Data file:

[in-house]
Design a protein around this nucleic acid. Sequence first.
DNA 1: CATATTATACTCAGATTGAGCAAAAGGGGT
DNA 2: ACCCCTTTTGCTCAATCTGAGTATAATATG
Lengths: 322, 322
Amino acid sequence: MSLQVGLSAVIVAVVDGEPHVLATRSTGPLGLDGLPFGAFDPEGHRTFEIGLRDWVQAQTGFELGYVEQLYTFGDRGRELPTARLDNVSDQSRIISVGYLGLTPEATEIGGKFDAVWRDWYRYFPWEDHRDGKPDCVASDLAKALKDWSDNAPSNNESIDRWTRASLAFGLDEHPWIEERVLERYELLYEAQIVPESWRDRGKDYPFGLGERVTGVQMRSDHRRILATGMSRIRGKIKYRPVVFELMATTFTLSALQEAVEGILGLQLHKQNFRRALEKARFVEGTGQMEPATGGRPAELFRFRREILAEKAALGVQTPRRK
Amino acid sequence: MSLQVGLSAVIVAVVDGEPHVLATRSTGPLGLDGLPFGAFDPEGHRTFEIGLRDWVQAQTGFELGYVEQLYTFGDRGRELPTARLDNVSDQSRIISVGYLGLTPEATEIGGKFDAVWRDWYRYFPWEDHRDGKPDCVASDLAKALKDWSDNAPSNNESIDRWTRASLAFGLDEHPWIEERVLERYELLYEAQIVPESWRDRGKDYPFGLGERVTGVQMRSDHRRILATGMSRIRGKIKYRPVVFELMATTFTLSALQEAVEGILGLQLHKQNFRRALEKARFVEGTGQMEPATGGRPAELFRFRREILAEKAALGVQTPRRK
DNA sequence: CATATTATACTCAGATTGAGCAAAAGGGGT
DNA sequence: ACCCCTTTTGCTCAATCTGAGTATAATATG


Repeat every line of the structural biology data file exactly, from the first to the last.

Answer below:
[in-house]
Design a protein around this nucleic acid. Sequence first.
DNA 1: CATATTATACTCAGATTGAGCAAAAGGGGT
DNA 2: ACCCCTTTTGCTCAATCTGAGTATAATATG
Lengths: 322, 322
Amino acid sequence: MSLQVGLSAVIVAVVDGEPHVLATRSTGPLGLDGLPFGAFDPEGHRTFEIGLRDWVQAQTGFELGYVEQLYTFGDRGRELPTARLDNVSDQSRIISVGYLGLTPEATEIGGKFDAVWRDWYRYFPWEDHRDGKPDCVASDLAKALKDWSDNAPSNNESIDRWTRASLAFGLDEHPWIEERVLERYELLYEAQIVPESWRDRGKDYPFGLGERVTGVQMRSDHRRILATGMSRIRGKIKYRPVVFELMATTFTLSALQEAVEGILGLQLHKQNFRRALEKARFVEGTGQMEPATGGRPAELFRFRREILAEKAALGVQTPRRK
Amino acid sequence: MSLQVGLSAVIVAVVDGEPHVLATRSTGPLGLDGLPFGAFDPEGHRTFEIGLRDWVQAQTGFELGYVEQLYTFGDRGRELPTARLDNVSDQSRIISVGYLGLTPEATEIGGKFDAVWRDWYRYFPWEDHRDGKPDCVASDLAKALKDWSDNAPSNNESIDRWTRASLAFGLDEHPWIEERVLERYELLYEAQIVPESWRDRGKDYPFGLGERVTGVQMRSDHRRILATGMSRIRGKIKYRPVVFELMATTFTLSALQEAVEGILGLQLHKQNFRRALEKARFVEGTGQMEPATGGRPAELFRFRREILAEKAALGVQTPRRK
DNA sequence: CATATTATACTCAGATTGAGCAAAAGGGGT
DNA sequence: ACCCCTTTTGCTCAATCTGAGTATAATATG